Illinois Wrongful Death Laws: What You Need to Know

Following the death of a loved one, it is often hard to go about completing even basic daily functions under the weight of the grief, let alone a complicated legal process. Sadly, it’s a harsh truth that unforeseen and often terrible deaths occur every year, and survivors and relatives are left with the task of carrying on with their lives. 

While the process can be long and difficult to navigate, pursuing legal action after the avoidable or wrongful death of a loved one has undeniable practical benefits. A successful case can bring in much needed financial support and provide answers and accountability for the actions of those ultimately responsible for the tragedy. 

This article will seek to explain all the most relevant and necessary facts surrounding the legal process around wrongful death laws in the state of Illinois.

What is a Wrongful Death Lawsuit?

The first thing we must understand is the precise definition of a wrongful death case. The term refers to any legal proceeding brought by a person (the plaintiff) seeking compensation for the death of a loved one that was caused by the wrongful conduct of another person or group (the defendant).

The exact details of the harmful conduct are classified into three categories based on their severity.

  • Negligence cases are the least severe, where the death was avoidable and/or preventable but was caused by a true human accident. One example is this case where a waiter was struck in the head by an improperly installed bar flap. No malice or recklessness existed, but a single mistake caused measurable harm.
  • Willful and wanton cases happen when the death results from a doctor or provider making a dangerous or risky choice, perhaps without the patient’s consent or even against their wishes. An example here includes the case of a police officer who caused an accident while engaged in a high-speed chase. The officer ignored his training and several police protocols to chase the suspect, which made the accident a direct result of his needlessly risky and dangerous behavior.
  • Intentional cases are the most severe and serious and occur when the death can’t be considered a true murder, but decisions were made with the intent of harming or killing a patient. 

Common Causes of Wrongful Death Cases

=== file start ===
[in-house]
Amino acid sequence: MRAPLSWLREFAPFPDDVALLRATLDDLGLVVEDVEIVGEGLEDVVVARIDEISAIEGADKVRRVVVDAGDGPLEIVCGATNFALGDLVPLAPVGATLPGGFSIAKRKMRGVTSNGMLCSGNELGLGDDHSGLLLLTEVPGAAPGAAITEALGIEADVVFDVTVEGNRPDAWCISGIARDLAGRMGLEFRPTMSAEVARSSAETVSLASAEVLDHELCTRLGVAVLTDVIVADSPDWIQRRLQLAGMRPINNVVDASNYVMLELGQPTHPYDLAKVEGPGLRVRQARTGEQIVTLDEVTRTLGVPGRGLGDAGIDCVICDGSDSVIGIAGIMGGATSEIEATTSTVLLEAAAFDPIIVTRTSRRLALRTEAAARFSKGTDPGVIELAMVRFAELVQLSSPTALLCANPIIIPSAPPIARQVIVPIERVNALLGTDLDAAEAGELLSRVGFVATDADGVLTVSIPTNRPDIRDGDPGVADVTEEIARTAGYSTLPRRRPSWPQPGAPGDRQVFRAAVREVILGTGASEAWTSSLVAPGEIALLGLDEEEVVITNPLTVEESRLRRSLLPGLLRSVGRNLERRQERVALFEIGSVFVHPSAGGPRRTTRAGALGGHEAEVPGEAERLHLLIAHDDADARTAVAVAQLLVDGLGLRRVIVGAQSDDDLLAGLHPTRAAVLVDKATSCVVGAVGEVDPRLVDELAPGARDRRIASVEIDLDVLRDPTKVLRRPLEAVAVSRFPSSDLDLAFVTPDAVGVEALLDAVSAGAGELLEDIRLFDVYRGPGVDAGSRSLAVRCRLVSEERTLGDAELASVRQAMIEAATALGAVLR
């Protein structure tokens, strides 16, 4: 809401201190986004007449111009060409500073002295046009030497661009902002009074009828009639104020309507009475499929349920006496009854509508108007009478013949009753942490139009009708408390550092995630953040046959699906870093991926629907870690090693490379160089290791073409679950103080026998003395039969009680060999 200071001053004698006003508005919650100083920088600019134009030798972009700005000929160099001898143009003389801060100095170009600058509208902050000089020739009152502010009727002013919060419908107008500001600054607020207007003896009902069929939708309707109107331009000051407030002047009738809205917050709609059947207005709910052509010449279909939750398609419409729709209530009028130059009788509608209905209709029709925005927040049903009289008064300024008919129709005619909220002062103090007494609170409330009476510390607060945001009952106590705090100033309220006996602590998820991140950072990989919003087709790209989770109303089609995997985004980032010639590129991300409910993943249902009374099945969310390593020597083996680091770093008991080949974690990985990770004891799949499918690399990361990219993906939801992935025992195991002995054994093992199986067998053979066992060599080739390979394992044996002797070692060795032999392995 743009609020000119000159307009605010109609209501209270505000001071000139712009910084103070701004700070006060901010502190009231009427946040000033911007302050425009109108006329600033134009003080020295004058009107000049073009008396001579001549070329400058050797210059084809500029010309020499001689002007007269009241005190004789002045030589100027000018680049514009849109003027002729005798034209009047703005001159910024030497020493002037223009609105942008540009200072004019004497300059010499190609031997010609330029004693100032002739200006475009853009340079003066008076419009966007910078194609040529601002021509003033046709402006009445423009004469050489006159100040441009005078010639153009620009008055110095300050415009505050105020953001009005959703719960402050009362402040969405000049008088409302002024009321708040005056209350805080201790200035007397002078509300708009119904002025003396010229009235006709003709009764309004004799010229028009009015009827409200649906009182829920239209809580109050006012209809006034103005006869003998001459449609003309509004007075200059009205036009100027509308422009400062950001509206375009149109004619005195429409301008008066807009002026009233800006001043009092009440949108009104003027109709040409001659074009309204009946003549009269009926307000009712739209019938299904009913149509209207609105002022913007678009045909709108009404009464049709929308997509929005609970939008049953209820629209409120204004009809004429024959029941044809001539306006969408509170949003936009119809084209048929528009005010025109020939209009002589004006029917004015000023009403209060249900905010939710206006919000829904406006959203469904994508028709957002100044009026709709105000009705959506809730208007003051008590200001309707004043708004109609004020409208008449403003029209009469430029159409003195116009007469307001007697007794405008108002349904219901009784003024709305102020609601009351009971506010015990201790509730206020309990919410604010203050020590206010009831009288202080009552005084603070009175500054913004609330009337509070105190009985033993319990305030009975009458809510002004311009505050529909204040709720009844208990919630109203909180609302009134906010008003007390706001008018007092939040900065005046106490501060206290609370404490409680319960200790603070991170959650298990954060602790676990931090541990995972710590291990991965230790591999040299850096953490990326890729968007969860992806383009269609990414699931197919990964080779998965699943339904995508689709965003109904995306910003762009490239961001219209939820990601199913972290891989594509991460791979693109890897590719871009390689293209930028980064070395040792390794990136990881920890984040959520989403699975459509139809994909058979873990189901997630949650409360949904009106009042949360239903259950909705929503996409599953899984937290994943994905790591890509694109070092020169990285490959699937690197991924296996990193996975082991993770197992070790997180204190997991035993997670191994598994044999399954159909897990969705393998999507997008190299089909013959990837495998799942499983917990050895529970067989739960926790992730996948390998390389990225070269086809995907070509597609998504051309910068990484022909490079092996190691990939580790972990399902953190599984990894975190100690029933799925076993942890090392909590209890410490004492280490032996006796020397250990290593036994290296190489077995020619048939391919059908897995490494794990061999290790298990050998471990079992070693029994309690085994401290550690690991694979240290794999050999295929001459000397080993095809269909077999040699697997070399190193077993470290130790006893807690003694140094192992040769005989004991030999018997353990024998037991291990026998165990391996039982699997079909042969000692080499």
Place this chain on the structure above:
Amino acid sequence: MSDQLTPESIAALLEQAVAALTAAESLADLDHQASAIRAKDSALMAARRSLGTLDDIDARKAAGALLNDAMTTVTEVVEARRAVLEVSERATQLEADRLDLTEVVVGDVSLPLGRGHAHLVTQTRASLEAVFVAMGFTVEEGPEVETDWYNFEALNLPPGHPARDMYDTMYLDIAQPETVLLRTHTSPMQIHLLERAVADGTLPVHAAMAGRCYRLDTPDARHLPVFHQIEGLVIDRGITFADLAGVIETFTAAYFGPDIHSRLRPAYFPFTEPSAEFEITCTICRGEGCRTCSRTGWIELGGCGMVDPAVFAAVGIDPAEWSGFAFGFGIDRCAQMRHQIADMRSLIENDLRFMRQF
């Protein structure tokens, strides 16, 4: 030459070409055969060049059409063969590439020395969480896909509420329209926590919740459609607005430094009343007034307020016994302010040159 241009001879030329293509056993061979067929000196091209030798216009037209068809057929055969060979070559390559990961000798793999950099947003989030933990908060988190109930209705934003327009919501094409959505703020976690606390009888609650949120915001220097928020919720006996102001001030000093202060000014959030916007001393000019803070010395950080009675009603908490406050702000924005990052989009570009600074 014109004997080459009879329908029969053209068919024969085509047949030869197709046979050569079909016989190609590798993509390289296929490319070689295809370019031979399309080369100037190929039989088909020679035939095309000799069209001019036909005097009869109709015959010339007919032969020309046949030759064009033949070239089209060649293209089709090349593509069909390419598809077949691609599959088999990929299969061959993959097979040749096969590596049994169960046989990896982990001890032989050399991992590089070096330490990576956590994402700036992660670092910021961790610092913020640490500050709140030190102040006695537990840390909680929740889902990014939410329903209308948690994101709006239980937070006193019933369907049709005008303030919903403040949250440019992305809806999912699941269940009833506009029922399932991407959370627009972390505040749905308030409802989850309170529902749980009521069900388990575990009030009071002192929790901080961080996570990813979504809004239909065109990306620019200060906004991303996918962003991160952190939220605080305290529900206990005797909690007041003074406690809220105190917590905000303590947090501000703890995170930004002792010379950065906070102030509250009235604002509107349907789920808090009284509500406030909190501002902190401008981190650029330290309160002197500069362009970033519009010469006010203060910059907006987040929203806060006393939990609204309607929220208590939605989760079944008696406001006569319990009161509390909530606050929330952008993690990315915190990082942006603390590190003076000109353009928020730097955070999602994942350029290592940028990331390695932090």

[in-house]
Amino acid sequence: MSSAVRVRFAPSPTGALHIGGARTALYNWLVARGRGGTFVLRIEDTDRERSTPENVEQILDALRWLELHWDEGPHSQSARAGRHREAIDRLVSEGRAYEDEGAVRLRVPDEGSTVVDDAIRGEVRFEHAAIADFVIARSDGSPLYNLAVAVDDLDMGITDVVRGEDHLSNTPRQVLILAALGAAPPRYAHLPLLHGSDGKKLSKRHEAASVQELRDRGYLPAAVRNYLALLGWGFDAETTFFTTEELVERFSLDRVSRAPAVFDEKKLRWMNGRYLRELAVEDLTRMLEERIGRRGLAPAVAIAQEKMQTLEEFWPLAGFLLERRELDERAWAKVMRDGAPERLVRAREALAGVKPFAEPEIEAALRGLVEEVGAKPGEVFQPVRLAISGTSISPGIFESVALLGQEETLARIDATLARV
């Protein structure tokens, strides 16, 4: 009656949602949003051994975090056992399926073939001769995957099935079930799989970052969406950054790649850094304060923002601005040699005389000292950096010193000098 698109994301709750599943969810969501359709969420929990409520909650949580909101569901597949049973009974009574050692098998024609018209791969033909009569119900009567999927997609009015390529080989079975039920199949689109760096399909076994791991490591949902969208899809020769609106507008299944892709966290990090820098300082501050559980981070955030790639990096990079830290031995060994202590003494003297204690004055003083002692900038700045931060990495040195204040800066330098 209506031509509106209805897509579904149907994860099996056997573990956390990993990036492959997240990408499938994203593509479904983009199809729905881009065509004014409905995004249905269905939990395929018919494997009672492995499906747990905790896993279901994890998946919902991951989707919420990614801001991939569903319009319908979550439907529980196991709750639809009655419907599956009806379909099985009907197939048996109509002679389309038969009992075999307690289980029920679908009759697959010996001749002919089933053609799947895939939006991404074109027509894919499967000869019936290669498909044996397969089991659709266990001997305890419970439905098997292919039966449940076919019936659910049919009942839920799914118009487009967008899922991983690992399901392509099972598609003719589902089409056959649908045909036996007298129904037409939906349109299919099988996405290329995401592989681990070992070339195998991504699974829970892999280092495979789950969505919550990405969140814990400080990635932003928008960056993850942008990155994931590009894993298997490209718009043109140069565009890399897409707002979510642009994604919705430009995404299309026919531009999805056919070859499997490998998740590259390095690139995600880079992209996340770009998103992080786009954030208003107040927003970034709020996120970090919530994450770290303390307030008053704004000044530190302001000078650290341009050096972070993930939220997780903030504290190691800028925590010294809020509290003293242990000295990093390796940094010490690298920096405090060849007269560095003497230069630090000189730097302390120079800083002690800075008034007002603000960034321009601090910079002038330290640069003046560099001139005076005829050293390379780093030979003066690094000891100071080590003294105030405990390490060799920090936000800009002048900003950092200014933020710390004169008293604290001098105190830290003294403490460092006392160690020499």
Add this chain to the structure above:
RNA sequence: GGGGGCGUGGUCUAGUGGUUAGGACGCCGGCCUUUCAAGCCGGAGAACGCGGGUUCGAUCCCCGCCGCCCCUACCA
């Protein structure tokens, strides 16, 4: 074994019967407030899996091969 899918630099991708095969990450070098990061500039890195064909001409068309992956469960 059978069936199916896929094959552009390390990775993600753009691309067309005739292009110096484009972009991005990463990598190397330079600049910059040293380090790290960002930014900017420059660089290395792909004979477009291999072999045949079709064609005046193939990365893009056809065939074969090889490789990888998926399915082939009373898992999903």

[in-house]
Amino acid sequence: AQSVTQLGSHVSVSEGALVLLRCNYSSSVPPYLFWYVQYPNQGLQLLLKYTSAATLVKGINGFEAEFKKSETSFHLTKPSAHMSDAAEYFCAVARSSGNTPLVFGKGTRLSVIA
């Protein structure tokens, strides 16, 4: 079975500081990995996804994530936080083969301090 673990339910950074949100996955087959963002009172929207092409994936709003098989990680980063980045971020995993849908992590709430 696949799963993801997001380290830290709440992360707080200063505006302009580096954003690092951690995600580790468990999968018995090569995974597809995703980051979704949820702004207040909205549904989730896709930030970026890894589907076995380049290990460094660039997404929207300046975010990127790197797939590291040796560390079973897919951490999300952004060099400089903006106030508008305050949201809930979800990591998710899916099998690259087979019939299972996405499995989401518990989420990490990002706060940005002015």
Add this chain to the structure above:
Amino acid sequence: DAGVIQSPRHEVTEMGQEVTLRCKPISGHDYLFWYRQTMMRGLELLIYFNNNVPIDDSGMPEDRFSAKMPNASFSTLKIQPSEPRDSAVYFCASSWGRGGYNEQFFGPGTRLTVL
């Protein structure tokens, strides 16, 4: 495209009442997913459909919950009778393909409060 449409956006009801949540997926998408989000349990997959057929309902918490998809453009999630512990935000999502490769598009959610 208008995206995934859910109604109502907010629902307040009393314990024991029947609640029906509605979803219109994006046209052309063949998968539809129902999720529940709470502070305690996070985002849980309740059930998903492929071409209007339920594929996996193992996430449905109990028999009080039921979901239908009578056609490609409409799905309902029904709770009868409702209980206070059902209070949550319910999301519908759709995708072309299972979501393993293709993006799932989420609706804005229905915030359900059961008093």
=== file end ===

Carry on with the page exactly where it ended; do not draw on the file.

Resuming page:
While various circumstances could lead survivors and families to pursue legal action after a death, some cases appear much more commonly than others. Here are some of the most common types of wrongful death cases. 

  • Medical errors Medical malpractice and accidental death can take many forms since an undertrained, underfunded, careless, or just unlucky doctor can cause serious harm.
  • Vehicular accidents From personal level tragedies caused by a drunk driver or larger scale accidents such as a truck flipping over or an airplane crash, many deaths are involved in negligence or distracted or impaired driving.  
  •  Workplace injuries and accidents While some jobs are simply much more dangerous than others, many jobs are made more hazardous than necessary through negligence and corner-cutting in management. Cases like this one, where a work crew is told to ignore safety risks and complete jobs in an unrealistic timeframe, are all too common.
  • Care facilities — Any space specializing in caring for or helping needy people will be at risk for wrongful death suits. From infirm elderly people in assisted living spaces or nursing homes to babies and toddlers in daycare, any mismanagement can have fatal consequences. 

Illinois Wrongful Death Specifics

Key Facts

In Illinois, the claim must be filed by a personal representative of the deceased, generally someone very closely related to them (a parent, sibling, partner, or child). Once a personal representative is chosen, to win the case, they must be able to establish the following in court:

  • The defendant owed the deceased a legal obligation not to endanger their safety. 
  • The defendant specifically failed in this duty.
  • The defendant’s failure to protect the safety and well-being of the deceased led directly to the decedent’s death.
  • The plaintiff suffered a loss as a result of the death. 

If the plaintiff can make their case successfully, they can potentially claim damages to cover funeral and burial costs, emotional damage, some medical costs, and loss of income or services from the deceased.

Statute of Limitations

The statute of limitations refers to the time limit after the death in which the plaintiff is legally entitled to file a wrongful death suit. In Illinois, the exact timeframe of the statute of limitations will change from case to case, depending on the context of the death.

Generally speaking, most cases will fall into a two-year window to pursue legal action. In any case, contacting a lawyer as soon as possible after the death is a smart idea to ensure you don’t run out of time. 

Still Have Questions? Pullano & Siporin Can Help

The details and specifics of wrongful death lawsuits are highly varied and complicated, mirroring the messy real world that we live in. While it would be impossible to condense all the relevant knowledge into a single article, we at Pullano & Siporin Law hope to do as much as we can to spread helpful knowledge to our clients and the world at large. 

With over 50 years of combined experience, we are here to help you. Whether it’s a question about a potential situation or a consultation for your current legal issues, don’t hesitate to contact us!

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